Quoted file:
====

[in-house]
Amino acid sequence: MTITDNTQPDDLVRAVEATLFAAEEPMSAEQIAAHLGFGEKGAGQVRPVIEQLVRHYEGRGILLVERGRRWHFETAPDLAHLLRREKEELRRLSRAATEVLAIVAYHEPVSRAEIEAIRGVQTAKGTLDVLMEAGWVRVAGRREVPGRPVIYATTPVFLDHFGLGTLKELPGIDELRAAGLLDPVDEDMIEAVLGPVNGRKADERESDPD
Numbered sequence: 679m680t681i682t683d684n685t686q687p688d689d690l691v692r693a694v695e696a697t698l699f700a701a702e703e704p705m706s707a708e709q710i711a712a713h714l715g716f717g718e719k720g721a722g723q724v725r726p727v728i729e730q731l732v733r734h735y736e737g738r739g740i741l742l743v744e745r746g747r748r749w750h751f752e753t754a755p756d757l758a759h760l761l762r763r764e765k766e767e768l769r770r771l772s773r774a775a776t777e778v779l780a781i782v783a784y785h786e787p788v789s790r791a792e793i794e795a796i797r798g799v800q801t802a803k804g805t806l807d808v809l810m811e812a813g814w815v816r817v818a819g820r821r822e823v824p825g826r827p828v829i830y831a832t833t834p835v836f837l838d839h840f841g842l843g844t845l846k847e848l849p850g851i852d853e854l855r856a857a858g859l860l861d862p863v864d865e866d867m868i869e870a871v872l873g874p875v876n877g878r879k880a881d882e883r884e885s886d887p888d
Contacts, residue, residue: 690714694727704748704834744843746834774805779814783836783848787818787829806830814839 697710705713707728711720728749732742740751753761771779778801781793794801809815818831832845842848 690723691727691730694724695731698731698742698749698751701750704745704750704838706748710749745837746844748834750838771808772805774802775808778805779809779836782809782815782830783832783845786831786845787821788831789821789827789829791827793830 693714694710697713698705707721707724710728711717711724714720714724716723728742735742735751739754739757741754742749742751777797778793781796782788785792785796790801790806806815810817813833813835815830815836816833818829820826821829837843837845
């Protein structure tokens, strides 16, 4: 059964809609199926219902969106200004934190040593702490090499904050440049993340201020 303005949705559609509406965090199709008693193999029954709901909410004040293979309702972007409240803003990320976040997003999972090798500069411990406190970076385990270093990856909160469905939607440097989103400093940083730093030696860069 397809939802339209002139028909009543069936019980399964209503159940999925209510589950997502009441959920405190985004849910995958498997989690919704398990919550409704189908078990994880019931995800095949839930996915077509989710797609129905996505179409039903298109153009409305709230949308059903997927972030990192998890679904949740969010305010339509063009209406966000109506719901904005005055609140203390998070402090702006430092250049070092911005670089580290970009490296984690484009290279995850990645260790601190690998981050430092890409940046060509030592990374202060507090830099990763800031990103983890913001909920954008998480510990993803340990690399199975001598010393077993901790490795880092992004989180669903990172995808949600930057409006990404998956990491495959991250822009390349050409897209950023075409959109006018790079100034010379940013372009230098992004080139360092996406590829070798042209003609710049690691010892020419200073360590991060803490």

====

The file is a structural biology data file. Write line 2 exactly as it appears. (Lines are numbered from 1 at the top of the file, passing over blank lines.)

Amino acid sequence: MTITDNTQPDDLVRAVEATLFAAEEPMSAEQIAAHLGFGEKGAGQVRPVIEQLVRHYEGRGILLVERGRRWHFETAPDLAHLLRREKEELRRLSRAATEVLAIVAYHEPVSRAEIEAIRGVQTAKGTLDVLMEAGWVRVAGRREVPGRPVIYATTPVFLDHFGLGTLKELPGIDELRAAGLLDPVDEDMIEAVLGPVNGRKADERESDPD